In early 1989 new contracts were signed between the Cooper Basin Producers and PASA which replaced the pre-existing arrangements. Under these contracts the gas was supplied from the Subject Area as well as the Murta and Patchawarra Southwest Blocks (Non-Subject Area) of PELs 5 and 6 for a period of five years. The combination of Subject Area and Non-Subject Area gas met the PASA demand from 1989 to the end of 1993. A condition of the five-year contract was that the Cooper Basin Producers would strive to add 450 PJ (412.4 bcf) of sales gas deliverable from 1991 to 2001 by the end of 1991. This condition was satisfied and in early 1992 the five-year contract was changed to a 10-year rolling contract commencing with the 1992 to 2001 period. Under the contract 95 PJ (87.1 bcf) of gas was available through 1993 with the annual contract quantity then reducing to 65 PJ (59.6 bcf). This contract expired in 2004.
A further 30 PJ (27.5 bcf) per year is now supplied from previously undeveloped fields in the South West Queensland portion of the Cooper Basin. The gas is delivered to the South Australian market via a 190 km pipeline constructed by the Producers to link the Queensland gas fields with the Moomba processing facility and Moomba to Adelaide natural gas pipeline.
Prior to the start-up of the South West Queensland gas project a small amount of Queensland gas was being processed through Moomba. A pipeline links the Epsilon Field in Queensland to the Dullingari satellite and part of the Brumby Field extends into Queensland.
In September 1994 an agreement was finalised between Santos, on behalf of the Cooper Basin Producers, and ICI (now Qenos) to supply a total of 160 PJ (146.6 bcf) of ethane from Moomba to a petrochemical plant in Botany Bay. Gorodok Pty Ltd owns the ethane pipeline that runs from Moomba to Botany Bay alongside the Moomba to Sydney Pipeline. When the South Australian Government allowed Santos to sell ethane to ICI instead of reserving it for a South Australian petrochemical plant, Santos agreed to offer 400 PJ (366.6 bcf) of additional gas to South Australian buyers. During 1996 a contract was signed with Sagasco (now Origin Energy) to purchase 180 PJ (165 bcf) of gas between 2005 and 2013. A second contract was signed with the Electricity Trust of South Australia (ETSA Corporation) to purchase 120 PJ (110 bcf) between 2006 and 2013. Earlier the contract with the government was extended for a further two years at 50 PJ (45.8 bcf) per year.
The current operator of the Torrens Island Power Station, AGL Energy, commissioned its new 210 MW Barker Inlet Power Station on 4 November 2019. It is a fast-start smart gas generator that sits alongside the Torrens Island Power Station. Two of the four gas generators at Torrens A will be progressively shut down, but the more modern four-turbine 800 MW Torrens Island B plant will continue to run as usual.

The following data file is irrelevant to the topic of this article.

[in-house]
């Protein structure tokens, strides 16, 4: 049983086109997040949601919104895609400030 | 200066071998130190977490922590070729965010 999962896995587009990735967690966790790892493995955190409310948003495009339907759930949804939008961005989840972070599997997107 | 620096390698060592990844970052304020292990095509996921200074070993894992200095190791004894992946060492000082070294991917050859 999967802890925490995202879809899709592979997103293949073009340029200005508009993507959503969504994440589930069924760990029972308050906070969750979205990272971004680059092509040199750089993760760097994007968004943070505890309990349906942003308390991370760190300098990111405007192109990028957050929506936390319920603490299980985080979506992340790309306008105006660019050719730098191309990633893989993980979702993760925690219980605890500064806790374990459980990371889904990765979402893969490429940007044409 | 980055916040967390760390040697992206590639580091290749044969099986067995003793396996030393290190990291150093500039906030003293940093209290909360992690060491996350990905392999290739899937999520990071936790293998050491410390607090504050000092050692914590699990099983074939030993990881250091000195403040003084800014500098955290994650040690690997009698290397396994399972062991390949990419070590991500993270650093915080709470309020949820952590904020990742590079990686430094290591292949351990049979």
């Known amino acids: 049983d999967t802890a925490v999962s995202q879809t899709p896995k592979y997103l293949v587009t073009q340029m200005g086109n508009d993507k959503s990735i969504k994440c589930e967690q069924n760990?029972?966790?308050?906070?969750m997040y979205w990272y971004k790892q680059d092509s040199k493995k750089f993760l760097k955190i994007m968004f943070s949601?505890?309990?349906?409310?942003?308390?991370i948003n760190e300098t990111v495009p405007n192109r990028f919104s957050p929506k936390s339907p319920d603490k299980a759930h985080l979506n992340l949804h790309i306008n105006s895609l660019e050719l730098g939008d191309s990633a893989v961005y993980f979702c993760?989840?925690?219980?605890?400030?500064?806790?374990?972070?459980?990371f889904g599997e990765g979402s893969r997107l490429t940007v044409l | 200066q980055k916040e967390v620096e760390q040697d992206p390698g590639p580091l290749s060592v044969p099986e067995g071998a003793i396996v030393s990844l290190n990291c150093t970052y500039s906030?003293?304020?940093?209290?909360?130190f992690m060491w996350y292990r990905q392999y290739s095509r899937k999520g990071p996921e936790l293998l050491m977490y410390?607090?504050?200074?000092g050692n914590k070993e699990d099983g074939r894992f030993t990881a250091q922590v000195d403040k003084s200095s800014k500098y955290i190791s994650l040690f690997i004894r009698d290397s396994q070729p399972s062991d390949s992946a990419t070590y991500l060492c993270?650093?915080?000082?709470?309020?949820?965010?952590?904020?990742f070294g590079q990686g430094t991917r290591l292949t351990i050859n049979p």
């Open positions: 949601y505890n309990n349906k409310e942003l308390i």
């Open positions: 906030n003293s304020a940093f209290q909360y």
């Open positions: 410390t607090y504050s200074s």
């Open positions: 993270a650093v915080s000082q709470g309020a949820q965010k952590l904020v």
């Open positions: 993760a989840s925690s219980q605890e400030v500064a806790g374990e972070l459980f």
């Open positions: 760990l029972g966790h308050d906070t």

As well as supplying New South Wales markets, the Cooper Basin supplies gas to customers in South Australia and Queensland under current contracts.
Queensland has three major liquid natural gas (LNG) projects:
- Queensland Curtis LNG Project (QGC) (Queensland Gas Commission)
- Australia Pacific LNG (APLNG) (Origin)
- Gladstone Liquefied Natural Gas (GLNG) (Santos)
Late in 2014, QGC became the first company in the world to export CSG, in the form of liquid natural gas. Origin followed shortly thereafter, and the GLNG project began exporting in October 2015. In October 2015 Santos announced that Cooper Basin gas from SA began to be piped into Gladstone under a 15-year contract which will grow to taking more than half of the Cooper Basin production.
The Katnook gas field, south of Penola, was discovered in 1987 by Ultramar and was the first commercial gas discovery in the South Australian part of the Otway Basin. Follow-up drilling confirmed sufficient reserves to justify construction of a pipeline by Epic Energy to local markets in 1990. Commercial development was carried out by SAGASCO (followed by Origin Energy) who acquired Ultramar’s interests. Gas production commenced on 15 February 1991 from the Katnook Gas Plant, however production ceased in 2013.
Since the original discovery at Katnook, commercial quantities of gas were discovered in the neighbouring Haselgrove and Redman fields. More recently Beach Energy discovered deeper gas reservoirs in PACE Gas co-funded Haselgrove 3 and a new gas field at PACE Gas co-funded Dombey 1. Successful follow-up drilling at Haselgrove 4 and funding from the Commonwealth’s Gas Acceleration Program (GAP) enabled Beach to construct a new gas plant at Katnook which has been supplying gas to local markets since early 2020.
The 690 km SEA Gas Pipeline links Victorian Otway Basin gas fields to South Australian markets. Commercial gas supply from the SEA Gas Pipeline commenced on 1 January 2004. The pipeline has a current capacity of around 110 PJ/y, which at the time it commenced operation doubled gas supply capacity into South Australian gas markets. The capacity of the SEA Gas Pipeline could be increased with additional compression. The SESA Pipeline, connecting the SEA Gas Pipeline to the South East Pipeline System, was commissioned during September–October 2005 and has a design capacity of ~40 TJ/day.